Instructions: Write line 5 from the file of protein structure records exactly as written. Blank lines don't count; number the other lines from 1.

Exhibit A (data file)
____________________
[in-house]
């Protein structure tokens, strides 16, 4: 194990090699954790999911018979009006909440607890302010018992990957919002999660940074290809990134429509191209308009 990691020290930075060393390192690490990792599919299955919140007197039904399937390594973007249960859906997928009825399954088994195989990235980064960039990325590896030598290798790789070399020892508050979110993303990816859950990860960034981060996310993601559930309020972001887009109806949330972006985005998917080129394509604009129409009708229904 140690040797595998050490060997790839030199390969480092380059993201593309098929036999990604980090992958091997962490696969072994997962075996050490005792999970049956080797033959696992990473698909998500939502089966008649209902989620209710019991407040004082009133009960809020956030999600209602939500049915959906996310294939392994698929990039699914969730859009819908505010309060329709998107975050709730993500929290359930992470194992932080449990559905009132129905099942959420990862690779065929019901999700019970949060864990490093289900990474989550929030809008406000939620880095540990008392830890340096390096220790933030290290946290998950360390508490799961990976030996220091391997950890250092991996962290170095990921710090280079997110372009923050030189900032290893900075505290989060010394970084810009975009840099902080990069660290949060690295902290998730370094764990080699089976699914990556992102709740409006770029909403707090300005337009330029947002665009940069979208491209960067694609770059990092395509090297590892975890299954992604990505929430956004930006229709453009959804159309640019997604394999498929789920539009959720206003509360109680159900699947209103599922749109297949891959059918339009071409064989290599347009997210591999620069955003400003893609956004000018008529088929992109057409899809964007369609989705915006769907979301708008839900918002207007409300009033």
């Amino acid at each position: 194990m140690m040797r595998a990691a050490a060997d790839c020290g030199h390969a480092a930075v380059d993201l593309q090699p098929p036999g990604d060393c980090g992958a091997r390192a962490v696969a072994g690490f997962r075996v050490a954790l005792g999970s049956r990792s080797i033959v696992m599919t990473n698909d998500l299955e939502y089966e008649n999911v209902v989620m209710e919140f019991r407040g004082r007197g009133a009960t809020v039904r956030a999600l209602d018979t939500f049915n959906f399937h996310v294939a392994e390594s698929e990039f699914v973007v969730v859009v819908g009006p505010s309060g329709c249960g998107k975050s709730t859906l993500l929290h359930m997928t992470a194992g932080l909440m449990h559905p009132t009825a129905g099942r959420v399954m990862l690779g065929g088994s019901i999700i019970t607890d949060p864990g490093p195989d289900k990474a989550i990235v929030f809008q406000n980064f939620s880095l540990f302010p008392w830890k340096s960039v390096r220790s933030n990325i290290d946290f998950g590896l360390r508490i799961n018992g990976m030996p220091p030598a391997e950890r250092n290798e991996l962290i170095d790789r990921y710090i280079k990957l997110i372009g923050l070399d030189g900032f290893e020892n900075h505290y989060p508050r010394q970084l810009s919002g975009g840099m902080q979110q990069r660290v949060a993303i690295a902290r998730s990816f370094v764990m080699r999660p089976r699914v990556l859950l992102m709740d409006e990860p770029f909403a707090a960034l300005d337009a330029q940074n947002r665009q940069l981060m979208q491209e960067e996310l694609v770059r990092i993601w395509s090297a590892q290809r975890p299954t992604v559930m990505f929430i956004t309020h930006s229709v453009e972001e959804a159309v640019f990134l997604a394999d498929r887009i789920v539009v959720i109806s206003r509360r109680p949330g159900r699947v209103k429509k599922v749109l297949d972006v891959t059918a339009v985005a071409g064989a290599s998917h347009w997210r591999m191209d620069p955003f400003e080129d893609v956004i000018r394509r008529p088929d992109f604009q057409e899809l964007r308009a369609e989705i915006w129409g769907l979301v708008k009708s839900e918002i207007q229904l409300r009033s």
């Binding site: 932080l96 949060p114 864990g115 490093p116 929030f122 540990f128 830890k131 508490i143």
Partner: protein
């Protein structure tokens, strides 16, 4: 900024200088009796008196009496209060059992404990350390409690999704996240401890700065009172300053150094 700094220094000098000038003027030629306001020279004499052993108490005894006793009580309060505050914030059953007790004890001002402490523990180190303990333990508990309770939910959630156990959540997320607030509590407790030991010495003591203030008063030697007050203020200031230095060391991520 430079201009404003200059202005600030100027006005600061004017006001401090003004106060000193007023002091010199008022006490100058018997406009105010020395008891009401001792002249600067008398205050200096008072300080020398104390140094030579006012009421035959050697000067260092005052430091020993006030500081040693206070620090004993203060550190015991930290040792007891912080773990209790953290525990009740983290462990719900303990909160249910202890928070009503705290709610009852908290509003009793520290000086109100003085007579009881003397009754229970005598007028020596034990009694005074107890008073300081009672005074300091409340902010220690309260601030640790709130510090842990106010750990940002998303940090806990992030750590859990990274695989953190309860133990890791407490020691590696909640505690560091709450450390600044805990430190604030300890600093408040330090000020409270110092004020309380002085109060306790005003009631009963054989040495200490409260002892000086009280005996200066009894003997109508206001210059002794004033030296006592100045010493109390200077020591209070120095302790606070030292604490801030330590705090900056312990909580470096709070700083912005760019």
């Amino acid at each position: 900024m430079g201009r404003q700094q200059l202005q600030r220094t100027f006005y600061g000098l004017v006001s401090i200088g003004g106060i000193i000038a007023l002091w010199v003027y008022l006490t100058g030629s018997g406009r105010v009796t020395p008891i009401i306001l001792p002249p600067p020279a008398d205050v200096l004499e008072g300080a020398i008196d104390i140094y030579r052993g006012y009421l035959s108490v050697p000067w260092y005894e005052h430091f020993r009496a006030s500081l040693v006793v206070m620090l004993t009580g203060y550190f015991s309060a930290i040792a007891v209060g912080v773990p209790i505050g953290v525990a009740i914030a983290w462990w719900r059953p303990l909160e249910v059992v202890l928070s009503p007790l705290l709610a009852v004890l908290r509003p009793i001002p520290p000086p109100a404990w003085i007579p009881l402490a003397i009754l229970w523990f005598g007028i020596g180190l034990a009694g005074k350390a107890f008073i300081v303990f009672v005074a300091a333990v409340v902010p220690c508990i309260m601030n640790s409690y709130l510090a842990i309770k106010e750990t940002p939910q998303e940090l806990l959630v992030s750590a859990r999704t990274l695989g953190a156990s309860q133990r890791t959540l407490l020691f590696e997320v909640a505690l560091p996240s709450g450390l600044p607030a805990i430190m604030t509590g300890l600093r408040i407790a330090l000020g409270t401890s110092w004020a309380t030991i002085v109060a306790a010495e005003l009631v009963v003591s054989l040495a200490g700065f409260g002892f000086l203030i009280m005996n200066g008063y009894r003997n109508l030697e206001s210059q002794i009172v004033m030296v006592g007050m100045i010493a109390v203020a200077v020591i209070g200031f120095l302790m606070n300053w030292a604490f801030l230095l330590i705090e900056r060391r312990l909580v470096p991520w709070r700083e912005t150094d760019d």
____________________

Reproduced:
Partner: protein